They say you learn something new every day.

There’s a couple of projects I’ve been working on that I thought were going to be really easy and were actually incredibly difficult. I’ve realised, there are so often so many unforseen circumstances.

I’ve realised that even though I’d read Jeff’s article on estimating before, I’m still rubbish at estimating how long things will take:

When you compare the original single-point estimates to the Best Case and Worst Case estimates, you see that the 11.25 total of the single-point estimates is much closer to the Best Case estimate of 10.5 days than to the Worst Case total of 18.25 days.

You’ll also notice that both the Best Case and Worst Case estimates are higher than the original single-point estimate. Thinking through the worst case result can sometimes expose additional work that must be done even in the best case, which can raise the nominal estimate. In thinking through the worst case, I like to ask developers how long the task would take if everything went wrong. People’s worst case estimates are often optimistic worst cases rather than true worst cases.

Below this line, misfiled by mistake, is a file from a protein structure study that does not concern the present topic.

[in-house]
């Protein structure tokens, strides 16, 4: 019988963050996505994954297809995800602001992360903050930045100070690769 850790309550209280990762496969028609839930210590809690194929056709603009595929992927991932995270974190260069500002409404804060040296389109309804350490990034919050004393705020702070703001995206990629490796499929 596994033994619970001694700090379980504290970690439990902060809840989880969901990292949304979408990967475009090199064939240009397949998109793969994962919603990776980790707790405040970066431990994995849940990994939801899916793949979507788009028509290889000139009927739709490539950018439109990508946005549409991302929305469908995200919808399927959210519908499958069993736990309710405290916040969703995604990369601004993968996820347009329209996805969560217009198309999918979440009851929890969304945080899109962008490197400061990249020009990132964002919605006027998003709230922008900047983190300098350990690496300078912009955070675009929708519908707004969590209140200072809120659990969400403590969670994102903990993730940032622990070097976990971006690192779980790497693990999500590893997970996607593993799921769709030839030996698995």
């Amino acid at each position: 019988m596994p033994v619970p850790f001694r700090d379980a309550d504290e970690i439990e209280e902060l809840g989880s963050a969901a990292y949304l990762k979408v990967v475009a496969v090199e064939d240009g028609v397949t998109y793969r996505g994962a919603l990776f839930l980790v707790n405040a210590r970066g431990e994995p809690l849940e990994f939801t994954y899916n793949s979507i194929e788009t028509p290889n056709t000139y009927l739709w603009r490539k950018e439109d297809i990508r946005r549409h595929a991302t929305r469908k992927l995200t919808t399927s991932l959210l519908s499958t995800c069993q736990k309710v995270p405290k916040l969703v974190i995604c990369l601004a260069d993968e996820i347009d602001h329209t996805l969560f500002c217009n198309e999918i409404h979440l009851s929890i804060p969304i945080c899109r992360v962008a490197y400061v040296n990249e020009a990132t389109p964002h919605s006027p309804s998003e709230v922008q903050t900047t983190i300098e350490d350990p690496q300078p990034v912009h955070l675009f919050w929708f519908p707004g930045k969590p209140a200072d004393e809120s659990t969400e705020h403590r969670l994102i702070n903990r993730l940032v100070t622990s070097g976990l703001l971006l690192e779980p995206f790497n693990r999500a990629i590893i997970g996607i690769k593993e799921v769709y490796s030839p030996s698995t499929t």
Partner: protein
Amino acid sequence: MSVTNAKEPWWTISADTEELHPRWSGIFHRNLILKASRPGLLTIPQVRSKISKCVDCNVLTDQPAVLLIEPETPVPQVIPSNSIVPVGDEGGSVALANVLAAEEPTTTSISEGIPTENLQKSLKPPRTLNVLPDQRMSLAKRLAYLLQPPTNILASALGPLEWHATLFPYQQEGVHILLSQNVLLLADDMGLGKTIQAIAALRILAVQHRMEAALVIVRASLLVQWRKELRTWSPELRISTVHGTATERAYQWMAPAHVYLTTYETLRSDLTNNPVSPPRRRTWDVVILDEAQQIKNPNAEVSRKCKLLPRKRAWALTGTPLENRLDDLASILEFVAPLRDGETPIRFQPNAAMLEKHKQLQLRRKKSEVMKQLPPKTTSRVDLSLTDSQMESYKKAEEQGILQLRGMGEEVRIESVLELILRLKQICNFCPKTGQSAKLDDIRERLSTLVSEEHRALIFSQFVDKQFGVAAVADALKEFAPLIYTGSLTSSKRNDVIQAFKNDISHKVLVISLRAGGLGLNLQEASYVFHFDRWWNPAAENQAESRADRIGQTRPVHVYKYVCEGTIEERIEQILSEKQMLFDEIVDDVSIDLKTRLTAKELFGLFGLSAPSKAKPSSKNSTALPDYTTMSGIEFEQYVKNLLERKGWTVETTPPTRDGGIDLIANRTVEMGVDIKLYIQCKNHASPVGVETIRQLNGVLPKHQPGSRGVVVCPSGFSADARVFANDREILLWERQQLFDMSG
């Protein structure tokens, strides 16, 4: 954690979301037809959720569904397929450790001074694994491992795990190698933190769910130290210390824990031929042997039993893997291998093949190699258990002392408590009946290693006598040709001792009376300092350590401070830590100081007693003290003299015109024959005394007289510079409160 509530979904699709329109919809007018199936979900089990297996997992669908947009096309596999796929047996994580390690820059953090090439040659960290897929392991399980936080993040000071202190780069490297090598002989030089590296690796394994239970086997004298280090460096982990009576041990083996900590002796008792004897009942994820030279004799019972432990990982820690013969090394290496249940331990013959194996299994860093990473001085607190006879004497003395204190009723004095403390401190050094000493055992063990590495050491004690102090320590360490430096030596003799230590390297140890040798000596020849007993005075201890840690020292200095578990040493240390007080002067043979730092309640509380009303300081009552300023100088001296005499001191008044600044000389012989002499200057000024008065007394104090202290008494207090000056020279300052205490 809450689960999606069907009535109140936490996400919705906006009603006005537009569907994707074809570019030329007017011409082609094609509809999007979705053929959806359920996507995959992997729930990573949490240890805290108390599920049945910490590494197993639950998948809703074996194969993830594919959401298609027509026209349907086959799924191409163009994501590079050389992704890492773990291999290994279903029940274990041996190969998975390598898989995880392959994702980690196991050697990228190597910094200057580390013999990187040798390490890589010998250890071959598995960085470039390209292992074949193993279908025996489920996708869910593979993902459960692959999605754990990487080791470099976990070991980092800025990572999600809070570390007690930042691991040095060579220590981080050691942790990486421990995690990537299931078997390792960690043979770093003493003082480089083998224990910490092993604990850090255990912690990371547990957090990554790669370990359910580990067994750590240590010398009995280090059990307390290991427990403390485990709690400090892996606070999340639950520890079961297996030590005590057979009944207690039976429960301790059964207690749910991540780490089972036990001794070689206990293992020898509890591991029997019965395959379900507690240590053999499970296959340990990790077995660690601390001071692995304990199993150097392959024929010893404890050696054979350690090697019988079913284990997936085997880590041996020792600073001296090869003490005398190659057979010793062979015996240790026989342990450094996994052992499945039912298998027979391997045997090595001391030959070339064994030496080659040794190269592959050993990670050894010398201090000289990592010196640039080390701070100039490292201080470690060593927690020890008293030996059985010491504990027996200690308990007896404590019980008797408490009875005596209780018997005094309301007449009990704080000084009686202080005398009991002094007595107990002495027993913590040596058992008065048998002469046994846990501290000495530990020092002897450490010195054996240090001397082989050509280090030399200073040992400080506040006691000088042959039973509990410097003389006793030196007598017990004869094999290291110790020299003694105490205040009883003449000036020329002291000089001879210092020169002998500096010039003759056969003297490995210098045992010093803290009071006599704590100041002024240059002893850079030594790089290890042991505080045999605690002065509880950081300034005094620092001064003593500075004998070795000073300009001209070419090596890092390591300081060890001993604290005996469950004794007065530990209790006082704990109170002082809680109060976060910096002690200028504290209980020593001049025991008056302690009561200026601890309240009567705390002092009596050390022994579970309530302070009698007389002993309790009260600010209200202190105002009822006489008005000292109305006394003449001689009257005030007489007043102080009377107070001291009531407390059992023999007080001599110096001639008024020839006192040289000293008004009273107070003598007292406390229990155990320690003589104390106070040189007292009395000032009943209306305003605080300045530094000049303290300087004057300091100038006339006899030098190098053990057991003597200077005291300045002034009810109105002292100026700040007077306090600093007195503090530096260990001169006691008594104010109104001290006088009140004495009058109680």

I need to start doing this in my projects, and, also, asking other people to do this as well.

I had to get angry with our outsourced IT partner this week as they came to a meeting having not done the one thing I asked them to do. I think I got the balance right – calm but very displeased. So we’ll see if they do it again.

Afterwards, they were so eager to please me that they said they’d get the next bit of work done within a week. I probably should have pushed more for best case/worst case estimates.

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Comments on: "Never underestimate (25/01/2012)" (1)

  1. Estimating is hard. What I tend to do is outlined in this blog post –
    http://use-cases.org/2011/06/04/getting-good-estimates/

    I tend to not use estimation as a pure analytical exercise, but rather a discovery process for risks. The risks that aren’t discovered are the ones that make an optimistic estimate become a late delivery. The important part is the discussion of what could go wrong to make the estimate longer. That’s where I tend to get engineers to dwell.

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